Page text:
Baseball fans in 900,000 homes in New Jersey, Connecticut and parts of Pennsylvania that are served by
Although Comcast had carried the YES Network for more than a decade, the cable provider dropped the Yankees channel from its lineup in mid-November after the completion of the last baseball season.
Comcast now contends the distribution fee is too expensive when considering the audience levels for the channel.
Beginning Wednesday, Fox plans to blanket metropolitan New York with TV, radio, billboards and print advertisements that encourage Yankees fans to cut the Comcast cord and sign up for TV service from DirecTV or Verizon FiOS. Both of those companies carry YES.
"The Yankees are a special team and they have loyal fans, and we thought it was our duty to tell people that they need to switch," Tracy Dolgin, chief executive of the YES Network, said in an interview with the Los Angeles Times.
On the West Coast,
It will be the third season that the Dodgers channel is not available in a majority of homes in the Los Angeles region.
YES and SportsNet LA are the two most expensive regional sports channels in the U.S., according to consulting firm SNL Kagan.
The Yankees channel is the most expensive, priced at slightly more than $5 a month per subscriber home. SportsNet LA is slightly less expensive, offered for about $4.90 a month per subscriber in Los Angeles, according to an SNL Kagan analysis.
The YES Network-Comcast dispute represents another skirmish in TV landscape as pay-TV providers push back on the rising cost of sports channels. In the past, most providers, including Comcast, swallowed the fees because they didn't want to alienate sports fans.
But these days, pay-TV operators are more concerned about losing customers who are not hard-core sports fans. Customers are tired of paying increasingly higher cable bills and they are threatening to dump their subscriptions in favor of low-cost Internet streaming options.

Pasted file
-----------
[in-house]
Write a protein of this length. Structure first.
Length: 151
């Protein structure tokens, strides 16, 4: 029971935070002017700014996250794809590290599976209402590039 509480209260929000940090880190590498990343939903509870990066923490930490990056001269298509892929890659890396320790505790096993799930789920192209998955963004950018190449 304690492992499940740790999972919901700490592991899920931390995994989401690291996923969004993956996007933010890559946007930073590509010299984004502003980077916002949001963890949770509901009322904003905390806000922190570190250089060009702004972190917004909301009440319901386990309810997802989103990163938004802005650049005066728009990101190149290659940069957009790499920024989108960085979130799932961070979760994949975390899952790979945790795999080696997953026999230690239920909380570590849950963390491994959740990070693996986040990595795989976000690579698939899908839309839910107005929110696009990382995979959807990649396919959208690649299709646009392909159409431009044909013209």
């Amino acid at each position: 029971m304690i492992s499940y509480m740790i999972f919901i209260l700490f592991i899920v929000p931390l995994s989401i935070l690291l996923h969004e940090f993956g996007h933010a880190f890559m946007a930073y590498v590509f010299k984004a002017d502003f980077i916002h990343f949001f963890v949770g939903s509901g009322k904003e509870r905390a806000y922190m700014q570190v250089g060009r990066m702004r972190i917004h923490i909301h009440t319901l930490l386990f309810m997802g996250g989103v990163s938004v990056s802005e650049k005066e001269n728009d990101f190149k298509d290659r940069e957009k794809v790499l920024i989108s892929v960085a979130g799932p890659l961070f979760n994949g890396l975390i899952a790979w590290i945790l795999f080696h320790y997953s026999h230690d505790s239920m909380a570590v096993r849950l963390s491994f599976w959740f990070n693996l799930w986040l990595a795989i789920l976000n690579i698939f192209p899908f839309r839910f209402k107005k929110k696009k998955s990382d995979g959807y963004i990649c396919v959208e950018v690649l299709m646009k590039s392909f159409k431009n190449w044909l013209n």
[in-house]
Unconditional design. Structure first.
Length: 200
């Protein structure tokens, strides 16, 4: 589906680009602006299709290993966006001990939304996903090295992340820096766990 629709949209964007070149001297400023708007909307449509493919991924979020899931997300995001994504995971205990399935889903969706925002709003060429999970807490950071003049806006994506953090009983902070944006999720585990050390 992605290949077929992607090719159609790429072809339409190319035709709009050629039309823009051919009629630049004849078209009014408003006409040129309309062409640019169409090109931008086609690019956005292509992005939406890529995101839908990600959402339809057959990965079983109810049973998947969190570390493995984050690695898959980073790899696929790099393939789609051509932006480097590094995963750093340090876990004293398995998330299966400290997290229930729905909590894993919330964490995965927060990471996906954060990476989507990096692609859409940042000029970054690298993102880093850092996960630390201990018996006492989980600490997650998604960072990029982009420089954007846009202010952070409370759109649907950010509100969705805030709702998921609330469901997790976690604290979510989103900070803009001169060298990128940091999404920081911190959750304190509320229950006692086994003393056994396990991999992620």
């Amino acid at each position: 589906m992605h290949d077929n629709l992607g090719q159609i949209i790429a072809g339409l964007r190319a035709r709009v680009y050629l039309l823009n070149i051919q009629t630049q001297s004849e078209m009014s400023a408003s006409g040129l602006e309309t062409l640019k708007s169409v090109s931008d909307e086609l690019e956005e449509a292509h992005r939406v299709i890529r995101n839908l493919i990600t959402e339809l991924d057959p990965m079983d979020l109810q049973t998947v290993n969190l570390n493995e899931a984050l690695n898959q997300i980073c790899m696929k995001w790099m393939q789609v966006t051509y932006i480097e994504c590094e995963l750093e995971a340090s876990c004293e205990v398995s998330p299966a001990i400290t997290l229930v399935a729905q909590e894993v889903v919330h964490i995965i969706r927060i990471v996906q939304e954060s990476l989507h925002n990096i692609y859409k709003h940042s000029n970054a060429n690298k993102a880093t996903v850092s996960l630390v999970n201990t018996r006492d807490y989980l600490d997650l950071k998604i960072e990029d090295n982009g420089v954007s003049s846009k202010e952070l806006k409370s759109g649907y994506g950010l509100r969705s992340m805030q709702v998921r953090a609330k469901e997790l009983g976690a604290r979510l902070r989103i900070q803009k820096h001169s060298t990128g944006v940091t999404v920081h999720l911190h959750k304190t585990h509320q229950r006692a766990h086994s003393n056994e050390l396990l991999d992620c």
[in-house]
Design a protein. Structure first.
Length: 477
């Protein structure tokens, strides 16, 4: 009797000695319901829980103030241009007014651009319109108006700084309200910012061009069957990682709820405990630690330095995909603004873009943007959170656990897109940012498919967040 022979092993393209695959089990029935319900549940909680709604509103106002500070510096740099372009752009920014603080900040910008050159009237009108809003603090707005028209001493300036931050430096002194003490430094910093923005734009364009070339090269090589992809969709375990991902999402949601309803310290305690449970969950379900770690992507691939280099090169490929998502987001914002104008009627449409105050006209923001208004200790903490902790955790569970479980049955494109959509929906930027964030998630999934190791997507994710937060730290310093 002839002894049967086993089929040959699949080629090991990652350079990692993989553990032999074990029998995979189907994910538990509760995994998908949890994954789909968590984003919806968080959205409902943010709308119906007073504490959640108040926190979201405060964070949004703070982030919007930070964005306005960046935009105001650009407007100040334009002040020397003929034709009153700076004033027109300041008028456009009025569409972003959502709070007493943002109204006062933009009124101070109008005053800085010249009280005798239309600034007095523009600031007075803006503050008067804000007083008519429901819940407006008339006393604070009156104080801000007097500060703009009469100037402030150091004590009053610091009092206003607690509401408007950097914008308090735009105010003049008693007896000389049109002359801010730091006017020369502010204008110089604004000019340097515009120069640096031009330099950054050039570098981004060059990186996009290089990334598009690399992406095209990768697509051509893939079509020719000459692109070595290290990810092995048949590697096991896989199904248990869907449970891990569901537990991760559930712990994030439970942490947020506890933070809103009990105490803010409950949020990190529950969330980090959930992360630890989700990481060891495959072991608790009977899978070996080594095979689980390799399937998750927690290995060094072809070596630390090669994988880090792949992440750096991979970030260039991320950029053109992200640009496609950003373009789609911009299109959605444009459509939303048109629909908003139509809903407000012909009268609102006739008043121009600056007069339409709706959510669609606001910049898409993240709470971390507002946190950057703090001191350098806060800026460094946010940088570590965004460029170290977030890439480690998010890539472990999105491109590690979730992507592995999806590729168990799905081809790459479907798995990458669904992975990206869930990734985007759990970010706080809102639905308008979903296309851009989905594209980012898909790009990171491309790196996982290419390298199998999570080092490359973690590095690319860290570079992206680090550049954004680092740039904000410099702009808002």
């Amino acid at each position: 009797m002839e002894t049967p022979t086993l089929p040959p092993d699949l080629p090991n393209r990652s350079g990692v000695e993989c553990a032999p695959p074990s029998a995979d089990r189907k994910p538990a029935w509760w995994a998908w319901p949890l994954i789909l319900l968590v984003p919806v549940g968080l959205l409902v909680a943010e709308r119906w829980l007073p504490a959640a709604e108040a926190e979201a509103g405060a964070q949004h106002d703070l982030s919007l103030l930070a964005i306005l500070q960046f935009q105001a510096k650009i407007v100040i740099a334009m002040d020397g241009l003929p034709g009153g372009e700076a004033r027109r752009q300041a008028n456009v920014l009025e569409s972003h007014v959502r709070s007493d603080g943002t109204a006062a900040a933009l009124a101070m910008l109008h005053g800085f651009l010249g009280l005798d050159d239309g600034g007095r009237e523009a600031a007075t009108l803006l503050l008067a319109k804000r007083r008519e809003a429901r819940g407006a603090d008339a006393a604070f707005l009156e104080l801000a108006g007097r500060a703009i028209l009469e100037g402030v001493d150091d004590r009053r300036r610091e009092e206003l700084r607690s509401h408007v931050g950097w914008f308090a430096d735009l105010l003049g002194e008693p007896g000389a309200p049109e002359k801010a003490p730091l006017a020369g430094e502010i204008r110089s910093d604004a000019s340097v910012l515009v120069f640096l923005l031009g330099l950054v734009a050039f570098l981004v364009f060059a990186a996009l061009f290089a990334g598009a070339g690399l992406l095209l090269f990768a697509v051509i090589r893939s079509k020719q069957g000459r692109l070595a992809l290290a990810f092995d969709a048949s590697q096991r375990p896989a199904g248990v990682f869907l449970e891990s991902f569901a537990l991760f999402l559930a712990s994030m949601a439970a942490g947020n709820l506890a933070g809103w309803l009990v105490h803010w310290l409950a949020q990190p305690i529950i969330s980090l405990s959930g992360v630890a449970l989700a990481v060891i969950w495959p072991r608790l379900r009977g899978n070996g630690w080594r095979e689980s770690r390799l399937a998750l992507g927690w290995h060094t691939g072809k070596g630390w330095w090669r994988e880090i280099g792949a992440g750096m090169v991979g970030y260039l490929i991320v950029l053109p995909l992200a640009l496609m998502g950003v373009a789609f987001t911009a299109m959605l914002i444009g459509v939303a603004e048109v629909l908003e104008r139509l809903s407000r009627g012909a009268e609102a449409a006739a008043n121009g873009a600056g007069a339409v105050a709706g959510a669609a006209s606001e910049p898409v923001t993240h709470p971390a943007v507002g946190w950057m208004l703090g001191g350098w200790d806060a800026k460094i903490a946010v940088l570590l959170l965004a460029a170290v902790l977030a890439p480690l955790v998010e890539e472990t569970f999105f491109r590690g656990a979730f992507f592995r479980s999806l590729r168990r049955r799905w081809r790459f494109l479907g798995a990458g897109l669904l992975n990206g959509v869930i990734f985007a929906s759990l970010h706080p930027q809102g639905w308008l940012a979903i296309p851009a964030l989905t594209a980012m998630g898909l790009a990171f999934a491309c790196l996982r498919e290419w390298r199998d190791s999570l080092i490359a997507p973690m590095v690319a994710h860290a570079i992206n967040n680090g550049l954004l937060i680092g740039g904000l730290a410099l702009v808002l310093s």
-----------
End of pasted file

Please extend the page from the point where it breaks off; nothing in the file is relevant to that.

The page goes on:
Pay-TV providers are struggling to keep a lid on programming costs.
The Comcast-YES Network flap is unusual because Comcast had carried the channel for years. In addition, the company had a hand-shake agreement with Fox more than a year ago to pay the higher rate that Fox has been demanding.
The politics were different when that tentative agreement was made. Last year, Comcast was planning to acquire Time Warner Cable -- a major TV distributor in New York City -- and Comcast needed the blessing of federal regulators as well as regulators in New York state.
However, the federal government blocked the Comcast-Time Warner Cable merger. Instead of becoming the largest pay-TV provider in the New York region, Comcast remained the fourth-largest provider, concentrating on communities in Connecticut and New Jersey.
"Given the customer viewership data we have, the price/value proposition for the YES Network did not justify the price that Fox was asking for the network," Comcast spokesman John Demming said in a statement.
Comcast's analysis, conducted last summer and fall, found that a majority of subscribers watched fewer than four Yankee games a month during the season.
"Well over 90% of our 900,000-plus customers who receive YES Network didn't watch the equivalent of even one-quarter of those games during the season, even while the Yankees were in the hunt for a playoff berth," Comcast's Demming said.
Dolgin, the CEO of YES, said Comcast's arguments don't add up.
"It's clear that it is not that price is too high," Dolgin said, adding that other major pay-TV providers agreed to pay that same price and that Comcast also paid the higher rate throughout the 2015 season.
Comcast continues to carry a competing channel that broadcasts New York Mets games, Dolgin said. Comcast has an ownership stake in that channel. (SNL Kagan data shows that the monthly fee for that channel, SportsNet NY, is roughly half that of the YES Network).
"I don't see that it is very likely to get a deal done with them," Dolgin said. "We need to let the fanatical Yankee fans know that if they don't switch to another provider, they are going to miss out. And once you miss a game, you miss history."